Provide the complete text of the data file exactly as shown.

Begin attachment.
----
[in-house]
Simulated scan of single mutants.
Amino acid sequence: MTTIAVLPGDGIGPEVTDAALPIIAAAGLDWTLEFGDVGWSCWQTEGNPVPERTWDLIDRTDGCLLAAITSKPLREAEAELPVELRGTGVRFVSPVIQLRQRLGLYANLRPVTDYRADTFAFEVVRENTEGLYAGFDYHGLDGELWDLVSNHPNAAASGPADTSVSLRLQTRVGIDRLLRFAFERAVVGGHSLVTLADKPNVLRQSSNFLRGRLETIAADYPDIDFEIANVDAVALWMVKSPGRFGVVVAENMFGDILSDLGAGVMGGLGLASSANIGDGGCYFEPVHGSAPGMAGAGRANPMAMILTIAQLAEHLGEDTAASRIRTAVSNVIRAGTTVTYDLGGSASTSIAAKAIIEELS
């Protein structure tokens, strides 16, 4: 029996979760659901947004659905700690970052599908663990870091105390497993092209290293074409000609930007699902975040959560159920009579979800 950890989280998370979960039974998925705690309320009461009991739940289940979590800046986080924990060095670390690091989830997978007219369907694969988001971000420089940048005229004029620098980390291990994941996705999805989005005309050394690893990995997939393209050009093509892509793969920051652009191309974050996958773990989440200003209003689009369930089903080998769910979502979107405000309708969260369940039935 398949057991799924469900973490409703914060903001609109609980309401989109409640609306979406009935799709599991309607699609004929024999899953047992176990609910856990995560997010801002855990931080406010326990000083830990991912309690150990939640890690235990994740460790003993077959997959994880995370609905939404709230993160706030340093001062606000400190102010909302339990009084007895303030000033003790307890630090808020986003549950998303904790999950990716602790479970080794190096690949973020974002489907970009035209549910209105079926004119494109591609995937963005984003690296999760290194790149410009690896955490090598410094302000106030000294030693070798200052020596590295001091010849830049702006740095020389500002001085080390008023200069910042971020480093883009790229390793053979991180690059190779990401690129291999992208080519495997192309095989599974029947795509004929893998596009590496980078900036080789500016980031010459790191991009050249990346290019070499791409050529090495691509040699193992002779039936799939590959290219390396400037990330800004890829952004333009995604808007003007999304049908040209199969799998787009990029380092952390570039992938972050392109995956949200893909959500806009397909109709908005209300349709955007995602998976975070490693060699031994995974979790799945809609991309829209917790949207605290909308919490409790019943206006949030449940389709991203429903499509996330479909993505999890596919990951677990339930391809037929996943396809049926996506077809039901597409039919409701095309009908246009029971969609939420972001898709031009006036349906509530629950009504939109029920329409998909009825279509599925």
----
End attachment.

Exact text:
[in-house]
Simulated scan of single mutants.
Amino acid sequence: MTTIAVLPGDGIGPEVTDAALPIIAAAGLDWTLEFGDVGWSCWQTEGNPVPERTWDLIDRTDGCLLAAITSKPLREAEAELPVELRGTGVRFVSPVIQLRQRLGLYANLRPVTDYRADTFAFEVVRENTEGLYAGFDYHGLDGELWDLVSNHPNAAASGPADTSVSLRLQTRVGIDRLLRFAFERAVVGGHSLVTLADKPNVLRQSSNFLRGRLETIAADYPDIDFEIANVDAVALWMVKSPGRFGVVVAENMFGDILSDLGAGVMGGLGLASSANIGDGGCYFEPVHGSAPGMAGAGRANPMAMILTIAQLAEHLGEDTAASRIRTAVSNVIRAGTTVTYDLGGSASTSIAAKAIIEELS
């Protein structure tokens, strides 16, 4: 029996979760659901947004659905700690970052599908663990870091105390497993092209290293074409000609930007699902975040959560159920009579979800 950890989280998370979960039974998925705690309320009461009991739940289940979590800046986080924990060095670390690091989830997978007219369907694969988001971000420089940048005229004029620098980390291990994941996705999805989005005309050394690893990995997939393209050009093509892509793969920051652009191309974050996958773990989440200003209003689009369930089903080998769910979502979107405000309708969260369940039935 398949057991799924469900973490409703914060903001609109609980309401989109409640609306979406009935799709599991309607699609004929024999899953047992176990609910856990995560997010801002855990931080406010326990000083830990991912309690150990939640890690235990994740460790003993077959997959994880995370609905939404709230993160706030340093001062606000400190102010909302339990009084007895303030000033003790307890630090808020986003549950998303904790999950990716602790479970080794190096690949973020974002489907970009035209549910209105079926004119494109591609995937963005984003690296999760290194790149410009690896955490090598410094302000106030000294030693070798200052020596590295001091010849830049702006740095020389500002001085080390008023200069910042971020480093883009790229390793053979991180690059190779990401690129291999992208080519495997192309095989599974029947795509004929893998596009590496980078900036080789500016980031010459790191991009050249990346290019070499791409050529090495691509040699193992002779039936799939590959290219390396400037990330800004890829952004333009995604808007003007999304049908040209199969799998787009990029380092952390570039992938972050392109995956949200893909959500806009397909109709908005209300349709955007995602998976975070490693060699031994995974979790799945809609991309829209917790949207605290909308919490409790019943206006949030449940389709991203429903499509996330479909993505999890596919990951677990339930391809037929996943396809049926996506077809039901597409039919409701095309009908246009029971969609939420972001898709031009006036349906509530629950009504939109029920329409998909009825279509599925």